Monday, 15 July 2013

The Ashes: First Test

by Sampad Sengupta

Victorious England celebrate
Wickets tumbling, runs scored, records broken and to add to all that, some controversy, that’s all you can ask for in a game of cricket and the first Ashes test of 2013 didn’t disappoint.  It was a fight to the finish in the first test match at Trent Bridge as England came out on top beating arch rivals Australia by 14 runs on the final day.  The match was a brilliant advert for the longer format of the game which many consider to have lost its charm.

The headlines in the build-up to the series were dominated by the return of England’s star batsman Kevin Pietersen and also by the appointment of Darren Lehmann as Australia’s head coach.  The Australian team, very much a team in transition and struggling to find stability, had plenty of changes in the dressing room with the arrival of new players and personnel.  This was highlighted in their team selection for the first test where they dropped established players like David Warner and Nathan Lyon and brought in 19-year old debutant Ashton Agar.  The England side was much more predictable with the only notable change being that of Joe Root opening the batting alongside captain Alastair Cook.  England won the toss and chose to bat and soon found themselves in trouble as they got bowled out for a meagre 215, Peter Siddle being the pick of the Australian fast bowlers, picking up 5 wickets.  Australia too did not find it easy to score runs after a shaky start and thanks to some good knocks in the middle order and a record breaking innings of 98 (off 101 balls) from No. 11 Ashton Agar, they reached a total of 280. Agar’s score was the highest by any No.11 batsman in Tests.  His innings was that of class and he played a brand of fearless cricket showing no signs of being nervous playing his first Ashes test.

Ashton Agar



England then came out for their second innings and the controversy began as Jonathan Trott was given out LBW despite suggestions that he might have nicked the ball.  The innings was then given some stability by Cook and Pietersen, both of whom fell after reaching their fifties.  It was then down to Ian Bell (109 runs off 267 balls) and Stuart Broad (65 runs off 148 balls) to put together a solid partnership and take the score to 375.  It was during this innings of Broad’s that the main talking point of the game took place.  Agar, a left-arm spinner, bowled a delivery which bounced ever so slightly on Broad and caught the outside edge of the bat. The ball then deflected off the keeper’s gloves and was caught at slip by Australian captain Michael Clarke.  For a moment, it was celebrations all around for Australia only for them to realise that Broad was still there and the umpire had not given him out.  Having used up all their reviews, a shocked Australian side had no choice but to carry on and allow England set them a target of 311 runs to win.  Australia got off to a good start with Rogers and Watson only for the latter to be given out LBW under controversial circumstances once again.  Australia were left needing just over 130 runs on the final day with 4 wickets to go. The final day showed us what Test cricket is all about as the two teams played their hearts out in front of a full house at Trent Bridge.  After a nail biting few hours of cricket which saw a fantastic spell of bowling by James Anderson and some brave batting by Brad Haddin and also another Australian No. 11 James Pattinson, the fate of the match had to be decided by the third umpire as England asked for a review and Haddin was given out.  England won the game by 14 runs and Anderson was named Man of the Match, picking up 10 wickets in the game and once again showing how valuable he is to this England team.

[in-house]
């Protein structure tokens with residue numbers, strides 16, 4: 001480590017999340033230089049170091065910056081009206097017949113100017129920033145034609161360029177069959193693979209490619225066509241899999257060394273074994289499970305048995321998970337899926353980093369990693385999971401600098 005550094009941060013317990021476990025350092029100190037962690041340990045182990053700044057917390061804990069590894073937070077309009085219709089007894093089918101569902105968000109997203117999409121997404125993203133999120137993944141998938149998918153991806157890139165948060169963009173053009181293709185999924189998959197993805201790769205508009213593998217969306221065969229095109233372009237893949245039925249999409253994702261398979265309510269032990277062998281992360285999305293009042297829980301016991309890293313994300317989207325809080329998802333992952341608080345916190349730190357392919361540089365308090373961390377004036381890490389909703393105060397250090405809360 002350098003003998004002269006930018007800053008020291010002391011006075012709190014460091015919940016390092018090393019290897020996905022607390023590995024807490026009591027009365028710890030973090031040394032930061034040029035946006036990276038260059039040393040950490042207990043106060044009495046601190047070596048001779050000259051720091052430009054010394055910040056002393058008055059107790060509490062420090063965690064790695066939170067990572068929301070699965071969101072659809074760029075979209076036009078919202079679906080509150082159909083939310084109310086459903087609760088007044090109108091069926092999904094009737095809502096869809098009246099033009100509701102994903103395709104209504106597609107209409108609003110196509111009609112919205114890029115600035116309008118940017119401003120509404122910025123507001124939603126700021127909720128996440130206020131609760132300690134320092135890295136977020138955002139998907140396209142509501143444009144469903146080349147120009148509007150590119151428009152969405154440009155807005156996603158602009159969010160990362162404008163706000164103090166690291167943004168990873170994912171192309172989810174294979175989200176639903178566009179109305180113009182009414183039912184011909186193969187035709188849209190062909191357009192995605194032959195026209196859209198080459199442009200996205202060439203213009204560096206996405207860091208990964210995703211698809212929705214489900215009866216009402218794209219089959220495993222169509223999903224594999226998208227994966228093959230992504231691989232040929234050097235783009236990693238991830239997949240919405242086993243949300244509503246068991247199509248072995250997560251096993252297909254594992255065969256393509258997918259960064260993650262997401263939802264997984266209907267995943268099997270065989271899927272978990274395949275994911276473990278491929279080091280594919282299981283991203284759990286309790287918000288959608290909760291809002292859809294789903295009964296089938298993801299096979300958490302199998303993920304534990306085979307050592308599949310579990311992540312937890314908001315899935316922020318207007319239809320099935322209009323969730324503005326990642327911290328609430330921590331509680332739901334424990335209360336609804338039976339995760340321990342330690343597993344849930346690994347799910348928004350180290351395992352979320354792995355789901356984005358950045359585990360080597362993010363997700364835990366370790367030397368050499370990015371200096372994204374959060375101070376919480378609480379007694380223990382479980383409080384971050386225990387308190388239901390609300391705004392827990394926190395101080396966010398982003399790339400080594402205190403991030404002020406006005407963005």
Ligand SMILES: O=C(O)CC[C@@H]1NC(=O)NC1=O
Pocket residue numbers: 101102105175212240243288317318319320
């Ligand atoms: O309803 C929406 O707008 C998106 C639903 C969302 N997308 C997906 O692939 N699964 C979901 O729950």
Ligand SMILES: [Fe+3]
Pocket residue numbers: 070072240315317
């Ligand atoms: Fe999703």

The match will be remembered for quite a few reasons such as Anderson’s bowling, Agar’s herculean effort with the bat and the many controversial decisions from umpires and also the DRS (Decision Review System), and also whether Stuart Broad should have walked when he edged the ball off Agar. Perhaps that is a topic to be discussed at greater length, by analysts and critics and cricket-lovers all over the world.  Overall, the game was truly memorable and paved the way for what should be a hard-fought series between the two teams.

Read Tim McBain's response to the Ashes' First Test here.

No comments:

Post a Comment

Comments with names are more likely to be published.